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Report: Amazon Customer Satisfaction Hits All-Time Low – PYMNTS.com

While Amazon still dominates the domestic eCommerce landscape, there are signs of growing discontent among its estimated 200+ million Amazon Prime members as customer satisfaction has reportedly reached a record low.
That’s according to a Monday (Nov. 21) Wall Street Journal report, citing data from the American Customer Satisfaction Index. Last year, Amazon dropped to a record low on the index — 78 out of 100 — the company’s worst showing since the group began tracking Amazon in 2000.
The Journal report also cites a survey by investment firm Evercore ISI showing that the number of Amazon customers who were “extremely” or “very satisfied” with the company had dipped to 79% this year. That number was even lower — 65% — during the pandemic, but has stayed below its peak of 88% nearly 10 years ago.
Amazon has not responded to PYMNTS’ request for comment on the report.
Recent research by PYMNTS shows that Amazon — whose shares have fallen roughly 50% since this time last year — continues to lead rival Walmart in overall consumer and retail spending, with Amazon commanding almost 45% of the U.S. eCommerce market in the second quarter of the year, compared to Walmart’s 5.4%.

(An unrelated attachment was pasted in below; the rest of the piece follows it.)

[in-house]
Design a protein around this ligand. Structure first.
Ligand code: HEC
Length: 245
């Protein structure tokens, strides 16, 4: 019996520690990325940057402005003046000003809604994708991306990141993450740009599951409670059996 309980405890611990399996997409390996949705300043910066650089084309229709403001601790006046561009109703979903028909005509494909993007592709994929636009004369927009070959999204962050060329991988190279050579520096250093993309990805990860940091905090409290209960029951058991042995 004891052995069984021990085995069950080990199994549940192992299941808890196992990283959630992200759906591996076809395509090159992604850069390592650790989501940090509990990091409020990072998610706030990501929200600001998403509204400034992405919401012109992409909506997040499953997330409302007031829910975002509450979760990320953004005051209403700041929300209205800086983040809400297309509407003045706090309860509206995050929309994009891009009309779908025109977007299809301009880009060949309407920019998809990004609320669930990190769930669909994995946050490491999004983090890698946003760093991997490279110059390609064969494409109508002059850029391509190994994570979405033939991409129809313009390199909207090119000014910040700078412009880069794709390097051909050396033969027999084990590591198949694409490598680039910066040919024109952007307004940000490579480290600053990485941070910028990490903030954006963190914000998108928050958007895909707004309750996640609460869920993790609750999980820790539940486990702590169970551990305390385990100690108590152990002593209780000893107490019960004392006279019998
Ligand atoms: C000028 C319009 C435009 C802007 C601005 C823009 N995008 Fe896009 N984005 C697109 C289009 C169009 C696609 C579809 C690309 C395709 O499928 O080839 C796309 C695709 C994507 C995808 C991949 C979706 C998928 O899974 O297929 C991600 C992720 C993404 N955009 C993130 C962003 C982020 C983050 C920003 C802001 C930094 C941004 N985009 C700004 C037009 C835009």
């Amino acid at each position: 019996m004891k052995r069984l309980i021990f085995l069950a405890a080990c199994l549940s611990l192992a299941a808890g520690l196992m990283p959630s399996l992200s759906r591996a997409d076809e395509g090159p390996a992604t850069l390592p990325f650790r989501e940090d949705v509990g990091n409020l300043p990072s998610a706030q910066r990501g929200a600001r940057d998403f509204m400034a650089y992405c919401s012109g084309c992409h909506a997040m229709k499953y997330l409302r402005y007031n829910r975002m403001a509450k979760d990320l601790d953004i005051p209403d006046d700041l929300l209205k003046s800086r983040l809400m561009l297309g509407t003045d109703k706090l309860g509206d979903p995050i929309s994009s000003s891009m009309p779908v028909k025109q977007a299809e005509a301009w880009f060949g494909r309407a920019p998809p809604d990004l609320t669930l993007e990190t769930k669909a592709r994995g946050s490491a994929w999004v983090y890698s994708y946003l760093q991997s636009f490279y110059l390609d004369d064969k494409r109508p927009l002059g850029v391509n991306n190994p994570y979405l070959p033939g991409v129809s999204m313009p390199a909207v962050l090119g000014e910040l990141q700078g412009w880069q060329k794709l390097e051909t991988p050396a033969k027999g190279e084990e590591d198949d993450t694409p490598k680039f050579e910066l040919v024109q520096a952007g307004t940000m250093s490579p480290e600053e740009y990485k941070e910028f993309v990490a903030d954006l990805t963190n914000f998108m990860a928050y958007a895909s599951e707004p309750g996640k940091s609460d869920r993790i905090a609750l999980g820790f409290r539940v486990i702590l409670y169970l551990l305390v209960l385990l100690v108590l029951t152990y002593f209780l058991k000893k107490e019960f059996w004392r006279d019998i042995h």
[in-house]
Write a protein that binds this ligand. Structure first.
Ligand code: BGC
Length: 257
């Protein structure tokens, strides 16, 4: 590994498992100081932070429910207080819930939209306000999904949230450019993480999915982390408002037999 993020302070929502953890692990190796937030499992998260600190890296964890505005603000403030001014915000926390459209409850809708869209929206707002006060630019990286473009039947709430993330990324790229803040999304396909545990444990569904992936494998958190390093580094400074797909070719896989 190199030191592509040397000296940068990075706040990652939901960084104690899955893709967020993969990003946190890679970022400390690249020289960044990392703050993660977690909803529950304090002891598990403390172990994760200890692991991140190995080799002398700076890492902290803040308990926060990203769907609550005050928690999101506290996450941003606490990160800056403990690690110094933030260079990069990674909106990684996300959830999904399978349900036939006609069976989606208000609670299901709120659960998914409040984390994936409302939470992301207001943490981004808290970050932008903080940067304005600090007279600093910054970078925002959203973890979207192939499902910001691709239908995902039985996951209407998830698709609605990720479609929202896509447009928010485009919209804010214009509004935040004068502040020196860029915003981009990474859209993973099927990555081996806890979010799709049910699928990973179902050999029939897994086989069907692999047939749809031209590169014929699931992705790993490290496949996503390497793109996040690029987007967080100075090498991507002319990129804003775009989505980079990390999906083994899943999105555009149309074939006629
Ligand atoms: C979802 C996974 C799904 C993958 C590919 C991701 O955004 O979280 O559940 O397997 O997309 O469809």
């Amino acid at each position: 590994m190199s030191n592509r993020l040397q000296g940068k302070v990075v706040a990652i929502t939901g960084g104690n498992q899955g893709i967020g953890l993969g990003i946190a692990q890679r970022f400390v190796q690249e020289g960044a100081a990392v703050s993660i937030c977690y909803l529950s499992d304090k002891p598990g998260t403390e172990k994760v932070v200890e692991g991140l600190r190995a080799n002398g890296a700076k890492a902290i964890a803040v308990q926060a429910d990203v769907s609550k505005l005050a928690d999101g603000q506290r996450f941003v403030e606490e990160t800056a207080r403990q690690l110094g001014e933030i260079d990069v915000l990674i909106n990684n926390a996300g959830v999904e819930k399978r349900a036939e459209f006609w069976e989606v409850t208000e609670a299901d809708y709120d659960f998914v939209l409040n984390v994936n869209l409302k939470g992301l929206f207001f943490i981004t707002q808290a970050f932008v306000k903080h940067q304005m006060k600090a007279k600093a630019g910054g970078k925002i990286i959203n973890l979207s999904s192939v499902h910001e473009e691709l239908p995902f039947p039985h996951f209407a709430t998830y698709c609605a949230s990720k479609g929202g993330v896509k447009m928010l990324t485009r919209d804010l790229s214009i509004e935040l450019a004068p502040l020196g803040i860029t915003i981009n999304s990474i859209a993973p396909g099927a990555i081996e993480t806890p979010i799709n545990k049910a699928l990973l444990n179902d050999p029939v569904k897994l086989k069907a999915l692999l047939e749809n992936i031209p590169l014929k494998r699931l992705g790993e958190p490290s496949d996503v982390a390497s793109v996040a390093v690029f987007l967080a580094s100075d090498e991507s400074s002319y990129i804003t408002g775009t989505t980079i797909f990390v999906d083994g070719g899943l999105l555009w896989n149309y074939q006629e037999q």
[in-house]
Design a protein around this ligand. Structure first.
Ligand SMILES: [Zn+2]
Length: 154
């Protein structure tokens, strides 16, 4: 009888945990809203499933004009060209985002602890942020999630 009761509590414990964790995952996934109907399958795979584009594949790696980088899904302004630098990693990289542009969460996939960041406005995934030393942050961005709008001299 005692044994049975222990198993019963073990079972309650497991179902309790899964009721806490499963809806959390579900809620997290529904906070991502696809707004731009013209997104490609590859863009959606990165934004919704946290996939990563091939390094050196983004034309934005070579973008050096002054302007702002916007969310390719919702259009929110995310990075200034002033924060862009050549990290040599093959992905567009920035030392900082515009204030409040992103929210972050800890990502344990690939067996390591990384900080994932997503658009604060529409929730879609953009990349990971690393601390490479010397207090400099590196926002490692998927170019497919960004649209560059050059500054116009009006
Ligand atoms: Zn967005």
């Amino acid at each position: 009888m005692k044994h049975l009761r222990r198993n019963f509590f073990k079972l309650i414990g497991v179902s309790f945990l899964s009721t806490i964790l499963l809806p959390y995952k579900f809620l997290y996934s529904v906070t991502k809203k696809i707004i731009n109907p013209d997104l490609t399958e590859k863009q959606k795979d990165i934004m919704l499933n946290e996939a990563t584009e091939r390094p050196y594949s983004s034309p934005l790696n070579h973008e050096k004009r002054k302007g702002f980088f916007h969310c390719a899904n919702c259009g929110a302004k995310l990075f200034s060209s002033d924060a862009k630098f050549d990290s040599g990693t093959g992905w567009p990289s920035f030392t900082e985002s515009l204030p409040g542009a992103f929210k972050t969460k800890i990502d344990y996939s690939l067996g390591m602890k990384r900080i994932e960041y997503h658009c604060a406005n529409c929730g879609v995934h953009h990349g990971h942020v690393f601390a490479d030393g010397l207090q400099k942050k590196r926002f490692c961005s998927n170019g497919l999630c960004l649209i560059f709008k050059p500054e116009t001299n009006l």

Get the report: The Battle for Consumer Retail Spend: Amazon Versus Walmart Q2 2022: The Discretionary Spend Play
Amazon has continued to lead in non-essential spending, outpacing Walmart in an area that used to be ruled by big box behemoths like Sears.
“Perhaps because eCommerce retailers such as Amazon offer detailed product information and reviews, consumers can confidently buy durable goods online without having to visit physical stores to get that information,” PYMNTS wrote.
Amazon’s lead in the sporting goods, hobbies, music and books categories has held up as well. PYMNTS data shows that as of the fourth quarter of 2022, the company commands a 15% share of this segment, up somewhat from the same period in 2021, while Walmart has seen its share decline.
We also noted last week that the performance gap between the two retail giants had begun to change, following a week that began with Walmart being lauded for its strong results and Amazon announcing a wave of job cuts that could extend into next year.
“Said another way,” we wrote, “while the past 12 years have been dominated by shares of Amazon (+1100% vs + 150% for WMT), the past 12 months have been all about Walmart (+5% vs -45% AMZN).”
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